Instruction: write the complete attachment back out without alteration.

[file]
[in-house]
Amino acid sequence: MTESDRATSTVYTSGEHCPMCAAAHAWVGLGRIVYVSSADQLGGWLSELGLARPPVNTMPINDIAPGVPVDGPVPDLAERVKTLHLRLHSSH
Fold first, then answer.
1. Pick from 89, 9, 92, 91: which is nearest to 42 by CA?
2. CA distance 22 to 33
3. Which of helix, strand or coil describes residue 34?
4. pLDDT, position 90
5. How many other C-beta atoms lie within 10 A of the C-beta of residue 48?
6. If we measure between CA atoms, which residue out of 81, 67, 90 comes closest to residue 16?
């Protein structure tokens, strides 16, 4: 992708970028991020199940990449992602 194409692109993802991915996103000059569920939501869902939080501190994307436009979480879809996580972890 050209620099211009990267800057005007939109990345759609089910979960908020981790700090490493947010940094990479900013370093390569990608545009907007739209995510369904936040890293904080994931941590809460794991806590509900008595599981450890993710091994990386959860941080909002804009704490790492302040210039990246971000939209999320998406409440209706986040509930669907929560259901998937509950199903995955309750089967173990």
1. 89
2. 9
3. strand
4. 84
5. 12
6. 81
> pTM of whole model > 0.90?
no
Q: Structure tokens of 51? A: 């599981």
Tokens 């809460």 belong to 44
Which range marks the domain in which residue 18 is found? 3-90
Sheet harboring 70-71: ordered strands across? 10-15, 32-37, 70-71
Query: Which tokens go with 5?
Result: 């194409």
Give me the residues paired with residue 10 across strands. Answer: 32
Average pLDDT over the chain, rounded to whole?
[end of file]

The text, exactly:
[in-house]
Amino acid sequence: MTESDRATSTVYTSGEHCPMCAAAHAWVGLGRIVYVSSADQLGGWLSELGLARPPVNTMPINDIAPGVPVDGPVPDLAERVKTLHLRLHSSH
Fold first, then answer.
1. Pick from 89, 9, 92, 91: which is nearest to 42 by CA?
2. CA distance 22 to 33
3. Which of helix, strand or coil describes residue 34?
4. pLDDT, position 90
5. How many other C-beta atoms lie within 10 A of the C-beta of residue 48?
6. If we measure between CA atoms, which residue out of 81, 67, 90 comes closest to residue 16?
């Protein structure tokens, strides 16, 4: 992708970028991020199940990449992602 194409692109993802991915996103000059569920939501869902939080501190994307436009979480879809996580972890 050209620099211009990267800057005007939109990345759609089910979960908020981790700090490493947010940094990479900013370093390569990608545009907007739209995510369904936040890293904080994931941590809460794991806590509900008595599981450890993710091994990386959860941080909002804009704490790492302040210039990246971000939209999320998406409440209706986040509930669907929560259901998937509950199903995955309750089967173990």
1. 89
2. 9
3. strand
4. 84
5. 12
6. 81
> pTM of whole model > 0.90?
no
Q: Structure tokens of 51? A: 């599981």
Tokens 């809460």 belong to 44
Which range marks the domain in which residue 18 is found? 3-90
Sheet harboring 70-71: ordered strands across? 10-15, 32-37, 70-71
Query: Which tokens go with 5?
Result: 């194409």
Give me the residues paired with residue 10 across strands. Answer: 32
Average pLDDT over the chain, rounded to whole?